Hurricane Katrina is having a clear effect on both the hearts and minds of Americans, but I’m wondering what long term impacts it will have on another part of America’s collective anatomy: our stomach.
This may sound like a frivolous consideration in the midst of the suffering that has been taking place in the Gulf Coast where people have been killing each other over warm soda and potato chips. What may seem trifling to some, however, is essential to others. I side philosophically with the 19th century French foodie Brillat-Savarin who wrote that the “destiny of nations depends on the manner in which they feed themselves."
With costly battles raging abroad, our long-fought war against Mother Nature ramping up in intensity, and gas prices reaching all time highs, it seems like we Americans may have finally bitten off more than we can chew. Or have we?
Physics tell us that for every action, there is a reaction. The destiny of America may depend on how it reacts to the current confluence of troubling events happening at home and overseas. If history is any guide, there will be a reaction in the way we eat. During the Second World War, US citizens responded to government’s call for greater food production by planting thousands of “victory gardens” which continued enriching American communities and dinner tables well after the war was over. In the aftermath of 9-11, Americans became culinary homebodies, dramatically reducing the number of meals purchased at restaurants and take-out joints in favor of home-cooking.
My hope is that we will respond to the current instability in the world – political and meteorological – by reducing the amount of oil we eat. I’m not talking, of course, about olive, peanut, or canola, but sweet crude: the amount of fossil fuel is takes to produce and transport food from field to fork.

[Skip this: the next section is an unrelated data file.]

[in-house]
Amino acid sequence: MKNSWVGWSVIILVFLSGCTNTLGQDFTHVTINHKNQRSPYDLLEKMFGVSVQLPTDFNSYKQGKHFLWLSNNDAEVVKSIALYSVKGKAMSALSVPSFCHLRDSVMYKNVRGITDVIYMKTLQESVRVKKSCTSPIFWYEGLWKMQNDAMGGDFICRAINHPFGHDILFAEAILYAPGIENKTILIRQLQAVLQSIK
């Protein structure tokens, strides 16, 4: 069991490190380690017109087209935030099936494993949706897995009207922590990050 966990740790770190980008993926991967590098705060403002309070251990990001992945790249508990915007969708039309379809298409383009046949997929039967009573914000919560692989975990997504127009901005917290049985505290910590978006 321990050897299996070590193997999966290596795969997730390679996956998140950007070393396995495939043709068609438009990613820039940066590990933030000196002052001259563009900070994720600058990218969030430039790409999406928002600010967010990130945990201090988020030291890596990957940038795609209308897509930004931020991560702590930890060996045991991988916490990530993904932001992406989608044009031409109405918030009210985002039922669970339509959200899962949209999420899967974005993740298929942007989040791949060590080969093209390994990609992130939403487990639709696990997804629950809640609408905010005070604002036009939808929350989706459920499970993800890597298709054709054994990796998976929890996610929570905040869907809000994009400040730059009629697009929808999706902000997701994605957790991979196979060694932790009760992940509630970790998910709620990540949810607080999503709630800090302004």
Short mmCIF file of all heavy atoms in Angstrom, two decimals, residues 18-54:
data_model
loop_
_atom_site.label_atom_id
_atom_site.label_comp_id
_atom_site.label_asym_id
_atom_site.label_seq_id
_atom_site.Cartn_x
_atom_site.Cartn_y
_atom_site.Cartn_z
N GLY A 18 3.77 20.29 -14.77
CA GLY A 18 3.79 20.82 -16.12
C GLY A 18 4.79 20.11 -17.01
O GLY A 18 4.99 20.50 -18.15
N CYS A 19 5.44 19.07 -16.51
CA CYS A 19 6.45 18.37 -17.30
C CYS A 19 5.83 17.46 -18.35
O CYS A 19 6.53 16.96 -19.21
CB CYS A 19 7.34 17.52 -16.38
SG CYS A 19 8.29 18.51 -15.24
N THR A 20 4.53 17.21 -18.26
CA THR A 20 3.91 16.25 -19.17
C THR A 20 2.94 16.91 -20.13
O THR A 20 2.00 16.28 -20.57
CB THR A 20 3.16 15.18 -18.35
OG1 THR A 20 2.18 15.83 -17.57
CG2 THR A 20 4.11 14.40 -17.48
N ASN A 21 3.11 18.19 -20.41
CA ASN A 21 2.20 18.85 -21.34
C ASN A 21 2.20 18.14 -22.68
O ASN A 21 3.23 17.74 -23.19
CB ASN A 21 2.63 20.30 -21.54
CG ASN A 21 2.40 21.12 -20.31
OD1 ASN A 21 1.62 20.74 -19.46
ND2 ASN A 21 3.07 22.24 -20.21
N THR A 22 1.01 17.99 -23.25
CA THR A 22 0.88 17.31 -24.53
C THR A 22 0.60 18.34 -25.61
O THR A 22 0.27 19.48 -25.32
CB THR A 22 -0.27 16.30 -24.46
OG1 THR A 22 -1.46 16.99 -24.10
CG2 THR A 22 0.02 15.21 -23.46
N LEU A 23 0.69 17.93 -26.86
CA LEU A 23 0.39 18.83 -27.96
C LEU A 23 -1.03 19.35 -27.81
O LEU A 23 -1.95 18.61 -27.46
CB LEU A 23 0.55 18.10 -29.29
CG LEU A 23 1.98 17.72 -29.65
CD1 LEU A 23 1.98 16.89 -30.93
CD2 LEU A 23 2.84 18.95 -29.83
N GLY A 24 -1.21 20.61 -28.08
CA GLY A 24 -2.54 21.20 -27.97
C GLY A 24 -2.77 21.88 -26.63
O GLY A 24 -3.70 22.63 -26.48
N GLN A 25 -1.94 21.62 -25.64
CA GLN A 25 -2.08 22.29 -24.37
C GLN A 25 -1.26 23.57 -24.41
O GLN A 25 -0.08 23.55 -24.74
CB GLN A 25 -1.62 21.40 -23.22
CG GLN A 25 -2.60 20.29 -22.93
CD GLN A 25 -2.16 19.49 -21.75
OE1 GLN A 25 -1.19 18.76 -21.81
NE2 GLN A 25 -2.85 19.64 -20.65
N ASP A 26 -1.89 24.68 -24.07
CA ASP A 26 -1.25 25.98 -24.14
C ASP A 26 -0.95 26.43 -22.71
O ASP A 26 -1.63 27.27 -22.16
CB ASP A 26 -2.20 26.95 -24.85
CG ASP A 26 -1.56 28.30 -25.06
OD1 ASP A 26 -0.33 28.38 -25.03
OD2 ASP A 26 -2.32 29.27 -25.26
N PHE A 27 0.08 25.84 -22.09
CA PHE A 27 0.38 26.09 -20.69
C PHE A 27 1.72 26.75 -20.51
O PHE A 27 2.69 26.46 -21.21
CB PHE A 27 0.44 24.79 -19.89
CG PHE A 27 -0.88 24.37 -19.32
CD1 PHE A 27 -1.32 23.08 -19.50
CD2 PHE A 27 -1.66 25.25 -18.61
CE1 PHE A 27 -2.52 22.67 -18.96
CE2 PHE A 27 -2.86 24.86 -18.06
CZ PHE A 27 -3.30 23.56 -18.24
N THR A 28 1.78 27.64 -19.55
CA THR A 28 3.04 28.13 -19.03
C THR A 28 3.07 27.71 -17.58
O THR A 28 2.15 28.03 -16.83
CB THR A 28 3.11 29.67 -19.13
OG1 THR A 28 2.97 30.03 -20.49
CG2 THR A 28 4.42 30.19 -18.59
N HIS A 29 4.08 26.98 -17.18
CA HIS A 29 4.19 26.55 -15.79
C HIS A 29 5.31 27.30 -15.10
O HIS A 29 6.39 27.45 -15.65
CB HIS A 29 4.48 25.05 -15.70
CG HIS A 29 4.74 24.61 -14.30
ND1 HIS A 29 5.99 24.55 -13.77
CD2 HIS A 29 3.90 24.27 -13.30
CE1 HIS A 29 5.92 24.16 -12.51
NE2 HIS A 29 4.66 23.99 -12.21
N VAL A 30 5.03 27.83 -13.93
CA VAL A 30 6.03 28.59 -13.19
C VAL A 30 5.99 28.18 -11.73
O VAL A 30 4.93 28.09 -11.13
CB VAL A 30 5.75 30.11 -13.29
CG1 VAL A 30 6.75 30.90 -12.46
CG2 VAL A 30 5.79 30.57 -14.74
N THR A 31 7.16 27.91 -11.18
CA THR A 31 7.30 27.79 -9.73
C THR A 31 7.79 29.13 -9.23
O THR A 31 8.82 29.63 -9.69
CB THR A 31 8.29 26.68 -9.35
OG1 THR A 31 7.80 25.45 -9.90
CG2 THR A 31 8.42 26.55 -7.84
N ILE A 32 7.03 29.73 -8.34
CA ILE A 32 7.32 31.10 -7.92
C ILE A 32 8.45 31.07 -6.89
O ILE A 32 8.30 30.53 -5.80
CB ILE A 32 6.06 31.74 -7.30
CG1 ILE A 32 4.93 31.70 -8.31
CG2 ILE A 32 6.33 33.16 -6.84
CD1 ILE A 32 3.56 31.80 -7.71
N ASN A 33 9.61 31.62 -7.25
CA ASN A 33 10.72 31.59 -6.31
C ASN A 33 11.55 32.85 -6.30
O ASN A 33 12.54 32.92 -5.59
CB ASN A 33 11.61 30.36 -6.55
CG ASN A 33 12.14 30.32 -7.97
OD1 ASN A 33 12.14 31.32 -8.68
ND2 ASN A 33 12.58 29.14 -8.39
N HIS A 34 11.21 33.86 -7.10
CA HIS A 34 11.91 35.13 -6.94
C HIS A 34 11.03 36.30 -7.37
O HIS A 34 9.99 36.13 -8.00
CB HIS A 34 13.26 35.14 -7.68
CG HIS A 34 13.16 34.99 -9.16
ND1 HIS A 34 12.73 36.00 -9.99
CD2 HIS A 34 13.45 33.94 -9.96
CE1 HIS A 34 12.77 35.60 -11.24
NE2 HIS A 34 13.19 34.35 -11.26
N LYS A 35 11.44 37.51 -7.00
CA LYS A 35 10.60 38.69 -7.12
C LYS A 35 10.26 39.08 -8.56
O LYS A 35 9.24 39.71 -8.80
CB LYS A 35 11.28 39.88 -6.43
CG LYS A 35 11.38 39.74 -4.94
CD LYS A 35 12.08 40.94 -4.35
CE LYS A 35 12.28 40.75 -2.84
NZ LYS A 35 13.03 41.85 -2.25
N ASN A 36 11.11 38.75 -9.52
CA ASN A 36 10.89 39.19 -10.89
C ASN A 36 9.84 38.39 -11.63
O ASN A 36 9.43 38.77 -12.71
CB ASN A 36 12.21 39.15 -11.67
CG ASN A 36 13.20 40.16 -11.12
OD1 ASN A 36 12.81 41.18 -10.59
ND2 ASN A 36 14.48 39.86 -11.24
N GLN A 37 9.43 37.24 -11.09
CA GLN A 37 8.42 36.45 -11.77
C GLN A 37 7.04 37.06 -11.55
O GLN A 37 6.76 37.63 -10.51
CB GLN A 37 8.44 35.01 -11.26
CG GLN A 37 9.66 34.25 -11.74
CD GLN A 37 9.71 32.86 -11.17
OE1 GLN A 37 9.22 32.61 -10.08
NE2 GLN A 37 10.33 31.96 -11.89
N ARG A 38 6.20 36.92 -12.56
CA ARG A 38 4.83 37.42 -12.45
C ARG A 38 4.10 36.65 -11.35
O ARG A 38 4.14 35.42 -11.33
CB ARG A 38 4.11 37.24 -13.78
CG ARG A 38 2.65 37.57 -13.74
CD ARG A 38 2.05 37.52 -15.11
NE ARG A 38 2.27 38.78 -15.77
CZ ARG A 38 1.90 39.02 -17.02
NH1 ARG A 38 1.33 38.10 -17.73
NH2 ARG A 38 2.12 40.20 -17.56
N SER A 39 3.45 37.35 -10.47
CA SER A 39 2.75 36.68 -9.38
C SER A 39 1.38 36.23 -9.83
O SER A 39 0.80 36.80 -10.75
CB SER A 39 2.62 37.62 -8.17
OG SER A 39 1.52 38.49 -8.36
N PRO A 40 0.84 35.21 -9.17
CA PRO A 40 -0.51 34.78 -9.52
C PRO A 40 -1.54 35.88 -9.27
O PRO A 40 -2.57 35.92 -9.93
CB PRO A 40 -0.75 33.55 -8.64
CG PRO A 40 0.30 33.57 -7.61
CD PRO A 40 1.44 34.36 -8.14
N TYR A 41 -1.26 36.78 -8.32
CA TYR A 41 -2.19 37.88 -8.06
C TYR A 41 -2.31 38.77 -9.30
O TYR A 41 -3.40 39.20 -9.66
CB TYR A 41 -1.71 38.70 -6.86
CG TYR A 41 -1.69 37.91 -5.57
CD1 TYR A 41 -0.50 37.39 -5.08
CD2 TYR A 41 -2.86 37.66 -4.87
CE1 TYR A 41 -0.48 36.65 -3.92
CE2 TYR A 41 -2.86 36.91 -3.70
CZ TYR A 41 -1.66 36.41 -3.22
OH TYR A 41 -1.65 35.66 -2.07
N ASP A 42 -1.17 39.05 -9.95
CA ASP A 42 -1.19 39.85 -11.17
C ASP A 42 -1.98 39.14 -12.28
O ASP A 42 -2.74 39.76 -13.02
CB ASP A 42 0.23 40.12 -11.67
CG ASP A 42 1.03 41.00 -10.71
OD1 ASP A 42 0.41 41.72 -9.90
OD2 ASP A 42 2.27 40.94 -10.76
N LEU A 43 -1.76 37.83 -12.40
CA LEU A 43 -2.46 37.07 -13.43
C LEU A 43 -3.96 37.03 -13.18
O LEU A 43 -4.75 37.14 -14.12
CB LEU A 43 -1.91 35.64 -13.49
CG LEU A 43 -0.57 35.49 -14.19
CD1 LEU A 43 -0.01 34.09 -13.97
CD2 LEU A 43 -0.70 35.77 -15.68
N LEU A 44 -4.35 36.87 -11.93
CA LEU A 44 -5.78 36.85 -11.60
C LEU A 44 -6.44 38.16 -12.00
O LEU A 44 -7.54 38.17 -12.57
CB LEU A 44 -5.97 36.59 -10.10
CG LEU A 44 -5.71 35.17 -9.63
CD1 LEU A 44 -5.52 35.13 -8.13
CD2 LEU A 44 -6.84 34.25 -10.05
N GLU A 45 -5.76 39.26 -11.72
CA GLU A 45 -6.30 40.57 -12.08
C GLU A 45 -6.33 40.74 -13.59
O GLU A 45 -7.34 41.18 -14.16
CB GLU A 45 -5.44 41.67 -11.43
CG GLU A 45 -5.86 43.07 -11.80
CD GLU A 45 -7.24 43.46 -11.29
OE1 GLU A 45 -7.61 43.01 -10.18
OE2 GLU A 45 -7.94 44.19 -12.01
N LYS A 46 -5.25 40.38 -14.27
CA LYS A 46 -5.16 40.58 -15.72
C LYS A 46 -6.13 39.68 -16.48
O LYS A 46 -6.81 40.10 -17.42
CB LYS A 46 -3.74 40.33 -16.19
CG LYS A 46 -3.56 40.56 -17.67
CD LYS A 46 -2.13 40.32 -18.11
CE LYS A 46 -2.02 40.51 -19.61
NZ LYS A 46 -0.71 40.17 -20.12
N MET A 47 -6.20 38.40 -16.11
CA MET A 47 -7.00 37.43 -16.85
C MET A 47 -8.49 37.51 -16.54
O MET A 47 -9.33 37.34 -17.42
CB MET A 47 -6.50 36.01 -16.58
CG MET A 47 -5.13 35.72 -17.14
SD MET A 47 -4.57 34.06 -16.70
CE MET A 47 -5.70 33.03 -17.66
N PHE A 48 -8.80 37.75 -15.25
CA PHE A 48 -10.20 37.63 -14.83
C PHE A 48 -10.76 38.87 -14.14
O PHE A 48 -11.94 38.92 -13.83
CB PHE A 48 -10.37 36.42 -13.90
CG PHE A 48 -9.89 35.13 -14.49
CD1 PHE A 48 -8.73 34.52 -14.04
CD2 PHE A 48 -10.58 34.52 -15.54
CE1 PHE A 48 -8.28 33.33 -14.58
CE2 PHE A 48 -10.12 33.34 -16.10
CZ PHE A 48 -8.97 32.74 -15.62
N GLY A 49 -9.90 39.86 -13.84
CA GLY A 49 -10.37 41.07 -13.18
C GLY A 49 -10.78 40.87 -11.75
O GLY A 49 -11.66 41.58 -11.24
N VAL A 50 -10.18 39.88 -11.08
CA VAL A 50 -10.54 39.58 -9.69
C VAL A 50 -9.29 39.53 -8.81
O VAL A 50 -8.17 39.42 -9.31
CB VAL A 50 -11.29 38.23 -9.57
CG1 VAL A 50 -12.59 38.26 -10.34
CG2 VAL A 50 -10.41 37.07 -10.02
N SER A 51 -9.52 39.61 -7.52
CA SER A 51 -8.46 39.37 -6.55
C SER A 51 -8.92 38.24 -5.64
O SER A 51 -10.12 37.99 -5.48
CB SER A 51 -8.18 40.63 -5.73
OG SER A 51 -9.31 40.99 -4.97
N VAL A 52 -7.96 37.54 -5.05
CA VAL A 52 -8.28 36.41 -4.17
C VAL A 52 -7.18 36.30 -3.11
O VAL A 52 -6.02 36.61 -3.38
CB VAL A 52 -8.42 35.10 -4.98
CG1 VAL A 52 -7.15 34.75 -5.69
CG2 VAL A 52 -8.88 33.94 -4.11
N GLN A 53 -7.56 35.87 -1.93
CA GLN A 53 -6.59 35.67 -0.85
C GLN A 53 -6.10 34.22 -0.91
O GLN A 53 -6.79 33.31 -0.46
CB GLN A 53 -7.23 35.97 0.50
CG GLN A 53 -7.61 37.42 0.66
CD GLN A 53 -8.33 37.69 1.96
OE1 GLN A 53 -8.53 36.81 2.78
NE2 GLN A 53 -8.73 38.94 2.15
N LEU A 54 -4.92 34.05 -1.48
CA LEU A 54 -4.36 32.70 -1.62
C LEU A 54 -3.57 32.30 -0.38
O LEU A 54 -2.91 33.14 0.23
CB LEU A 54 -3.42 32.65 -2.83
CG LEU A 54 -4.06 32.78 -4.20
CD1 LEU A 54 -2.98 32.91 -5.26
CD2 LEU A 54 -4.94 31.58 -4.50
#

This won’t be easy. America is the nation that invented long-distance food transportation. The WorldWatch Institute estimates that the ingredients for the average American meal travel over 1500 miles before landing in our plates, twenty percent more than they did two decades ago. Growth in the global food system is one of the single most important causes of increased greenhouse gases during the past 50 years.
Yet, far from being a badge of shame, these statistics represents American ingenuity at its best for some. The construction of the interstate highway system was heralded as a remarkable feat that would create a national (and, ultimately, global) market for local food products. That food harvested in California could appear shiny and shrink-wrapped days later on the shelves of Maine grocery stores was seen as nothing short of a miracle.
The whole American food system is prefaced, though, on two important theories that recent geo-political events are proving untrue. The first is that that there is a limitless supply of cheap petroleum products to fuel our long distance food system. For those of you who continue to cling to this belief, a trip to your local gas station should quickly disabuse you of this. The theory that is even more dangerous is that we can keep on eating the way we always have – any food we want, from anywhere, at any time of the year, no matter what the fossil fuel implications may be – without it having an impact on the natural cycles that make the growing of food possible.
It’s true that we still don’t know for sure what and where these impacts might be. For some areas, it may be hurricane-strength rains like the ones that washed away entire landscapes of sugarcane and soybeans in Louisiana, Mississippi, and Alabama. For farmers in other areas, like the Midwest, it could be extreme droughts like the ones they have experienced this summer which sent the Missouri River to its lowest level ever and is now sending those farmers running in search of federal disaster assistance.
In pounding Louisiana, Katrina dealt a staggering blow to one of America’s most loved cuisines. Her long-term culinary legacy, however, need not be tragic. By raising gas prices and food transport costs, Katrina may end up blowing some wind into the sails of a local foods renaissance that has already started crossing the US. This revival brings with it the promise of fresh flavors, healthier citizens, and vibrant local economies. I don’t know about you, but that’s a national destiny that I’d be willing to chew on.
Roger Doiron works for the Eat Local Foods Coalition of Maine and is founder of Kitchen Gardeners International, a global network of individuals working to shorten the distance from field to fork.